Why is it that sportscasters and journalists still use Washington’s team name on air and in print? It is, after all, a racial slur. Dan Snyder may not choose to do the right thing and change the name but broadcasters have a choice.
They are not forced to use the name.
“Think for a moment about the term ‘Redskins,’ and how it truly differs from all the others. Ask yourself what the equivalent would be, if directed toward African-Americans, Hispanics, Asians, or members of any other ethnic group.
When considered that way, ‘Redskins’ can’t possibly honor a heritage, or noble character trait, nor can it possibly be considered a neutral term. It’s an insult, a slur, no matter how benign the present-day intent.”
CBS, FOX and NBC allow their broadcasters to choose whether or not to use the name. NBC notes, “For all our sports properties, our on-air commentators have full discretion to reference participating teams by their city/region/state name, team nickname or both.” So why use “Redskins”?
For many people, the term is offensive. Yes, Ives Goddard of the Smithsonian noted that redskins was first used by some Native Americans in the late 1700s to differentiate themselves from white colonists.
However, by the late 1800s the term had taken on a decidedly negative connotation and has remained so ever since. Displaying the sentiment of the time, in 1890 The Wizard of Oz author Frank Baum championed the Wounded Knee massacre and killing of Sitting Bull writing, “With his fall the nobility of the Redskin is extinguished, and what few are left are a pack of whining curs who lick the hand that smites them.”
By 2013, Kevin Grover, director of the National Museum of the American Indian, noted that redskin was “the equivalent of the N-word”. This seems like a very good reason to discontinue using it.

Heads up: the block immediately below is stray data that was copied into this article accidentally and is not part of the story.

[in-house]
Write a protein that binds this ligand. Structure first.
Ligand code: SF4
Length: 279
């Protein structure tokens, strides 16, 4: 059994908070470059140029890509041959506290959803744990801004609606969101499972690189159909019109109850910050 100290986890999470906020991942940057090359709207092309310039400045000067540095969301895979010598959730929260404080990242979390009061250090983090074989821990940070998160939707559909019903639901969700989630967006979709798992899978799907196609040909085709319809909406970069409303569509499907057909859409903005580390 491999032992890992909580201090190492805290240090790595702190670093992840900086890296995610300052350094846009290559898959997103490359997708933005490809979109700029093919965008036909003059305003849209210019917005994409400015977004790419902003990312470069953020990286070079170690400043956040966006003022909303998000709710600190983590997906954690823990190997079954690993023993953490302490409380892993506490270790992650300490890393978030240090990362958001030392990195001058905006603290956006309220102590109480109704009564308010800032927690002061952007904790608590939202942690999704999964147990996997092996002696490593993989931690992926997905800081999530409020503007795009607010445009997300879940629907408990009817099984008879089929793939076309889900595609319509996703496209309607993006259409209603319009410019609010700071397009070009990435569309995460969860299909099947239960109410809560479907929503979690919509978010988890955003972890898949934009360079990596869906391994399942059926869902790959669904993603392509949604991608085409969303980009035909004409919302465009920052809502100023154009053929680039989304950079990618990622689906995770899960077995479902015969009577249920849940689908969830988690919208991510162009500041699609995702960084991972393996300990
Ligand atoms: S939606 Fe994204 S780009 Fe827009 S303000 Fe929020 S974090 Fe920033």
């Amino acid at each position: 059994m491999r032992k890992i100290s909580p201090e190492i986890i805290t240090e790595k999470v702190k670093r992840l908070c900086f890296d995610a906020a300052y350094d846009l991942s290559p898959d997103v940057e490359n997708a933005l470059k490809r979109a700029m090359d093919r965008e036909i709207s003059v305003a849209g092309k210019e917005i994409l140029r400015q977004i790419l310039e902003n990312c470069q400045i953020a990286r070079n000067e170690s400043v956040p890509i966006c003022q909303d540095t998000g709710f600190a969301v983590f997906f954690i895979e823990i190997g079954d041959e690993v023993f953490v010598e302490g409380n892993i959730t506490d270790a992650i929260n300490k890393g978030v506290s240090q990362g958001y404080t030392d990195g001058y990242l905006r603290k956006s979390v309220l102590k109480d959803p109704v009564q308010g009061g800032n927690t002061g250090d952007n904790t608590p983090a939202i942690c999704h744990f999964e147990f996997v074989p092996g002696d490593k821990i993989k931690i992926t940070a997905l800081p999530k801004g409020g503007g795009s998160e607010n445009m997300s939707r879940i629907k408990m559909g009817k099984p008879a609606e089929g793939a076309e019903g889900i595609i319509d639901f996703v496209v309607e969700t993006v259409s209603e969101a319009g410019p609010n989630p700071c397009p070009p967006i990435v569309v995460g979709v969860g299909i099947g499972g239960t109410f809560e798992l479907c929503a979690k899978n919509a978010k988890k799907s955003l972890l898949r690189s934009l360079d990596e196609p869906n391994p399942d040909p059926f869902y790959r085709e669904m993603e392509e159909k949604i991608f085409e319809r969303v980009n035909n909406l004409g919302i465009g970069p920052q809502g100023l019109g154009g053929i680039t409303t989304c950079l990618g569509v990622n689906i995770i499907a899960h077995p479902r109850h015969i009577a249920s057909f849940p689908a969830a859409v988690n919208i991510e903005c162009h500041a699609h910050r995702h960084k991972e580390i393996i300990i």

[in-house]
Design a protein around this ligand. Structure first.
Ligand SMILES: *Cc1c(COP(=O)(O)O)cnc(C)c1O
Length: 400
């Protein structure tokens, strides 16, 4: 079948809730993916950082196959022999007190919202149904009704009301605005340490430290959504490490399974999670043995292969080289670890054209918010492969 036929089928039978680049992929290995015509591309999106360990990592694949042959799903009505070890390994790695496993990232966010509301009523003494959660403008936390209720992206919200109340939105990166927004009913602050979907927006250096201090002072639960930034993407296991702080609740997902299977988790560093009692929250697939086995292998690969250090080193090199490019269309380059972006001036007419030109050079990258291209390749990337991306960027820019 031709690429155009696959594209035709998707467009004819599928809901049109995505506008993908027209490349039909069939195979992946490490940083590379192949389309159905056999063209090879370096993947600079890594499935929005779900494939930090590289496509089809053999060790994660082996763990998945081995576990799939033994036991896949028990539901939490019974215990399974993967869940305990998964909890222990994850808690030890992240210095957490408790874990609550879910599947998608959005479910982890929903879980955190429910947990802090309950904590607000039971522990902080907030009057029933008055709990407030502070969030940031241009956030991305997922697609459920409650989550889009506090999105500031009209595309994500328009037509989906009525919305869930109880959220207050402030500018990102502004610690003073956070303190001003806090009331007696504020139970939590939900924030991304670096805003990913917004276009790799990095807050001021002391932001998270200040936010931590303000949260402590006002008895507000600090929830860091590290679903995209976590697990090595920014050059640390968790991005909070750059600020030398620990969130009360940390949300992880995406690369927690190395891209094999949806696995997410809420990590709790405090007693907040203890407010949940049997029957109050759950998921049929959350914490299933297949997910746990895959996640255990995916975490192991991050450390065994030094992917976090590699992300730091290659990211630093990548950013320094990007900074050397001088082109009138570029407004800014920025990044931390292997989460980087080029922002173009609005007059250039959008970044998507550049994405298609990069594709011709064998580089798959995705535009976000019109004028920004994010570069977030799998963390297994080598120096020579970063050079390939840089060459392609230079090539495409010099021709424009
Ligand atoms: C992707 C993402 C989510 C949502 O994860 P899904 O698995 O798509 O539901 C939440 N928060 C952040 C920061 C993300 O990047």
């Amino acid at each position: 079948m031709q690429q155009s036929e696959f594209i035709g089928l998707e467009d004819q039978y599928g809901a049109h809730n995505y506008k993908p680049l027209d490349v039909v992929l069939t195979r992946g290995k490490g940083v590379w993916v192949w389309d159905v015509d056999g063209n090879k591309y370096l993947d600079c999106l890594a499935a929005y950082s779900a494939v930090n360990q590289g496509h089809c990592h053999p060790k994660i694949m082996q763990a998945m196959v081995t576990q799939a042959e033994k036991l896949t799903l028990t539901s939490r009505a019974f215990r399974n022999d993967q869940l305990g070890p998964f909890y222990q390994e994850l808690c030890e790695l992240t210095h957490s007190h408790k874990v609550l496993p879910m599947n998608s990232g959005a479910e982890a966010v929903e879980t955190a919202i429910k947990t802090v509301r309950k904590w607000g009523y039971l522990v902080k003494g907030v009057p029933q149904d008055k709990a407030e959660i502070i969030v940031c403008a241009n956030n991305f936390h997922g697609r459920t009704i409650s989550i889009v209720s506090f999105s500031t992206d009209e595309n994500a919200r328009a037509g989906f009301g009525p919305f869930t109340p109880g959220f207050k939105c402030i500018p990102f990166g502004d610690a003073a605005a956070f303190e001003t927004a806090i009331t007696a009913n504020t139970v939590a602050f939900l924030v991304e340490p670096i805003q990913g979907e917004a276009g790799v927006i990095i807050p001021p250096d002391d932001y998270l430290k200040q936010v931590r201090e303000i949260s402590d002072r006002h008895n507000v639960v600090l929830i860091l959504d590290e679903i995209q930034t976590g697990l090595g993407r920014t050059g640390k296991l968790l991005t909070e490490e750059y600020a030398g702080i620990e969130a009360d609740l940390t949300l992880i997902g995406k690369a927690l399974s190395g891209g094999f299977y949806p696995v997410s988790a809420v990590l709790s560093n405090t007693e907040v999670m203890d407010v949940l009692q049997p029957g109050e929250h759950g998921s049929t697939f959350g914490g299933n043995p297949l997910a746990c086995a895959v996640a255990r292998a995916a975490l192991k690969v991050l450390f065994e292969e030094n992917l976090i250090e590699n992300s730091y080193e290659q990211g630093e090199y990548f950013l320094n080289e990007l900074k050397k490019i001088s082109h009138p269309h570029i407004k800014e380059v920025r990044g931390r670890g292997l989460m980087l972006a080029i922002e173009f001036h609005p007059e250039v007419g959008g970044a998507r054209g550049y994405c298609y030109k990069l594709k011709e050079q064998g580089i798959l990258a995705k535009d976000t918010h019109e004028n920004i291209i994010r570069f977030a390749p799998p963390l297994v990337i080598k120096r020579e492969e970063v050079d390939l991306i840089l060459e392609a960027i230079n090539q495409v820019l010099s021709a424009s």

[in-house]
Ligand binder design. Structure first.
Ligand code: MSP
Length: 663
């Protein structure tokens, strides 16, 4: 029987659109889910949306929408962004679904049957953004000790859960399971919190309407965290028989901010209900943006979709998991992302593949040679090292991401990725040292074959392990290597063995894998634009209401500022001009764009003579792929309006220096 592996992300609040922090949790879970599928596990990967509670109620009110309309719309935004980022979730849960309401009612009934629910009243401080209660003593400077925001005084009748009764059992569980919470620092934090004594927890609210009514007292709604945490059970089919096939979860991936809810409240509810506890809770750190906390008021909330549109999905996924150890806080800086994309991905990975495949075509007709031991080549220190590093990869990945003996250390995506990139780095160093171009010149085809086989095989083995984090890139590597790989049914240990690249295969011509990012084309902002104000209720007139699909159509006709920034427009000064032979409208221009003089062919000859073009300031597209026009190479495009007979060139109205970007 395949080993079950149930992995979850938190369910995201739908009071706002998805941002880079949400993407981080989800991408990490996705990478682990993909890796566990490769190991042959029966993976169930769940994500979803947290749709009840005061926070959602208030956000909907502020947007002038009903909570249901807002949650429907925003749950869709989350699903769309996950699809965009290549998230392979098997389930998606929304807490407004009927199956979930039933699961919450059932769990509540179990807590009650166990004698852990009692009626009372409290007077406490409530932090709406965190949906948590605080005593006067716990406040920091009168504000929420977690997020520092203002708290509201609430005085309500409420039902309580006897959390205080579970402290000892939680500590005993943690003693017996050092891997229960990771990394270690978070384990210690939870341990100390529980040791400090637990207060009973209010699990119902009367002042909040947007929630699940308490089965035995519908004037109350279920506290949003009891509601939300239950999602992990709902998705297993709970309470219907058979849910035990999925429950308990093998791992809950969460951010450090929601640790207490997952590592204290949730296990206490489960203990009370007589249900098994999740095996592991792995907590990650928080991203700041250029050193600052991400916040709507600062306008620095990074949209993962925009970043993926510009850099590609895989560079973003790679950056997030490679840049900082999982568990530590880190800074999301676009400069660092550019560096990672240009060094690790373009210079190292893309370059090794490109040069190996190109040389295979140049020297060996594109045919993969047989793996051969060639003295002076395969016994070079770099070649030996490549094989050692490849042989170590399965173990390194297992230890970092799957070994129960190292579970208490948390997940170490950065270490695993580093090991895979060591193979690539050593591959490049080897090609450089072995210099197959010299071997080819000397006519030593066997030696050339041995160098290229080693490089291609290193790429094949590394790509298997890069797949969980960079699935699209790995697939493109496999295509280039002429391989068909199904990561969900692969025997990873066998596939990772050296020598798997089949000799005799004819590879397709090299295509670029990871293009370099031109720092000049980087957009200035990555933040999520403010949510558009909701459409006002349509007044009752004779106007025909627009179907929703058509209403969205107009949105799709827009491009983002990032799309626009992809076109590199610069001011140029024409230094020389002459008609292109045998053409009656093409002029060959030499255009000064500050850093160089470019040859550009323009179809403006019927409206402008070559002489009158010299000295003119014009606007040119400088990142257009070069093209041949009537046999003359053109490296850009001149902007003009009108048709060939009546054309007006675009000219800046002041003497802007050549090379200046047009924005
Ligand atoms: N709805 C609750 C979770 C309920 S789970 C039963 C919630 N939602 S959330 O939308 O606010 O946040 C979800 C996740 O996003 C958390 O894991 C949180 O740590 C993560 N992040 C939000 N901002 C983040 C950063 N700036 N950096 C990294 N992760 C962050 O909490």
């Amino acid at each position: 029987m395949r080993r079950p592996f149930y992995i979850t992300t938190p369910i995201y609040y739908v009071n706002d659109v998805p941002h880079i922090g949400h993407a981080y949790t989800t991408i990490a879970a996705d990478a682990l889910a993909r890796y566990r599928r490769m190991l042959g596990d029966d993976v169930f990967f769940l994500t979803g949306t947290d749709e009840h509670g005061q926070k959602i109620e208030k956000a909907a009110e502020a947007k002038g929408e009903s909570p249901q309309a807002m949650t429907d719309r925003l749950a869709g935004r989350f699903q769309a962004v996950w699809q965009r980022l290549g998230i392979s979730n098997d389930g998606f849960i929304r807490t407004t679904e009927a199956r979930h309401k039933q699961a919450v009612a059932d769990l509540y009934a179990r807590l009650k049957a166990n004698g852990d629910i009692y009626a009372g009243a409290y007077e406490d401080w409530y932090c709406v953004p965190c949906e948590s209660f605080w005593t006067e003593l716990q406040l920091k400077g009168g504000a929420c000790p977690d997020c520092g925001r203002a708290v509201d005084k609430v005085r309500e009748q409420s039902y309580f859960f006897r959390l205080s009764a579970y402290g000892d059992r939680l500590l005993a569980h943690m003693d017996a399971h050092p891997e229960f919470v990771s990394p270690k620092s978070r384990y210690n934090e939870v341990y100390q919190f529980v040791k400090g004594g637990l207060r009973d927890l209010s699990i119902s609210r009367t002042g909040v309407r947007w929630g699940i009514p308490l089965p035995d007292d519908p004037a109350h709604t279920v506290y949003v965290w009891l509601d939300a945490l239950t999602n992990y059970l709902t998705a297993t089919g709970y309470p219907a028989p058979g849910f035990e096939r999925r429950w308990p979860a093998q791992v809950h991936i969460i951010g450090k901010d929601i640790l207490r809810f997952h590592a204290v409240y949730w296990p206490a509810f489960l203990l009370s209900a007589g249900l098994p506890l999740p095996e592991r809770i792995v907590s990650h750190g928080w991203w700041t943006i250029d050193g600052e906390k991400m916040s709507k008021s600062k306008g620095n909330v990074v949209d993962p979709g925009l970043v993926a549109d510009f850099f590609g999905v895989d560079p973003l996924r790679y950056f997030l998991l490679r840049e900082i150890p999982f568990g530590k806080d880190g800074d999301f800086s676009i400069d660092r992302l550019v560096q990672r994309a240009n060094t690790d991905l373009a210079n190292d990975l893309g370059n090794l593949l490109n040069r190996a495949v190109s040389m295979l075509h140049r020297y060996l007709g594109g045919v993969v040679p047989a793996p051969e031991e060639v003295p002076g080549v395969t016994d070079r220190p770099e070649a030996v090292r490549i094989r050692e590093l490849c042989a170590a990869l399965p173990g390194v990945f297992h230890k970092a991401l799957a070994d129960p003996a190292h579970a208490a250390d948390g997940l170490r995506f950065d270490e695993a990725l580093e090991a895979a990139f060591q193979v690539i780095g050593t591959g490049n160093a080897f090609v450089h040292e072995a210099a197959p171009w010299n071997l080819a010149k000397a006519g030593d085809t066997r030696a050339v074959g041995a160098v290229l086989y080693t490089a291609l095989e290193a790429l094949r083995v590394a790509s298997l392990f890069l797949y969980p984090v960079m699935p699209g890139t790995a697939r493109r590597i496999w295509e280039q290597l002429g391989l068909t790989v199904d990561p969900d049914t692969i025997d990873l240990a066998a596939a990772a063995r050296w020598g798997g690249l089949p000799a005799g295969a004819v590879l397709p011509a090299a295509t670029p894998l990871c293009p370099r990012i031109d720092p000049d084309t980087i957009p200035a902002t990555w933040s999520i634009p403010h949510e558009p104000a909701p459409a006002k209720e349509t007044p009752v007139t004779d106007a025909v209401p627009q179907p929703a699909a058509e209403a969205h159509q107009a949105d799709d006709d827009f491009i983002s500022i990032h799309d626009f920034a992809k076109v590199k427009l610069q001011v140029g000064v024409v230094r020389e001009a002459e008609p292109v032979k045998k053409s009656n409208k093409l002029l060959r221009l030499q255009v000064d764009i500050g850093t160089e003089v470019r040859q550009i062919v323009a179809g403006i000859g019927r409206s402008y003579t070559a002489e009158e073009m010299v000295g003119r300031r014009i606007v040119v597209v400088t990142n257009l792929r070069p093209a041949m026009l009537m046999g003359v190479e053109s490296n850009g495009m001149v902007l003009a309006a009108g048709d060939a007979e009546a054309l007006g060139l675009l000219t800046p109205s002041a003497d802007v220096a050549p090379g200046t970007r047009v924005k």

Sure, there was a recent Washington Post poll cited results indicating 9 of 10 Native Americans were not offended by the name. Shortly thereafter however, several journalists and publications found fault with the Post’s methodology.
In part, some of the problems are the sample size (504), the method of identifying respondents (self-identified without any verification) and demographics (disproportionately collecting and inaccurately portraying who Native Americans are).
In fact, The Nation reported that Brian Pollard, board member of the Native American Journalists Association concluded, “What they’ve created is a piece of data that drives a narrative they desired. This was something they manufactured from the beginning.” This poll was clearly not the definitive unbiased statistics driven journalism it was purported to be.
There are varied reasons people give for retaining the name. There are those who claim the rich tradition of the name. The organization changed its name from the Braves to the Redskins in 1933 and moved from Boston to Washington in 1937—not really that long ago. Some, including Washington’s owner Dan Snyder, claim the name honors and respects Native Americans—though many are clearly offended and find the term patently racist. But perhaps most frequently cited reason comes from those who point to polls such as the one mentioned above “proving” Native Americans have no problem with the name.
But, even if most Native Americans are not offended by the name, we need to ask, is using a racial slur acceptable if it offends just half a million people (that is slightly less than 10% of the Native American population)?
Would we find the Dallas Spics or San Francisco Chinks acceptable if a poll found 90% of Latinos or Asians were not offended by those names?
Would broadcasters be willing to use Spics or Chinks on air?
If not, why use Redskins?
In 1997 Washington’s NBA owner Abe Pollin, concerned with gun violence and crime, changed the team’s name from Bullets to Wizards.
Names can be changed.
Since at least 1972 the team has formally been asked by delegations of Native Americans to change the name. Redskins is offensive and wrong. Given how this country has treated Native Americans—killing hundreds of thousands to take their land, intentionally infecting them with smallpox and marching them hundreds of miles to be forcibly settled on reservations—can we not, at the very least, get this right? Broadcasters and journalists, you have a choice.
Please stop using “Redskins”. And Dan Snyder, if you’re listening, do the right thing, change the name.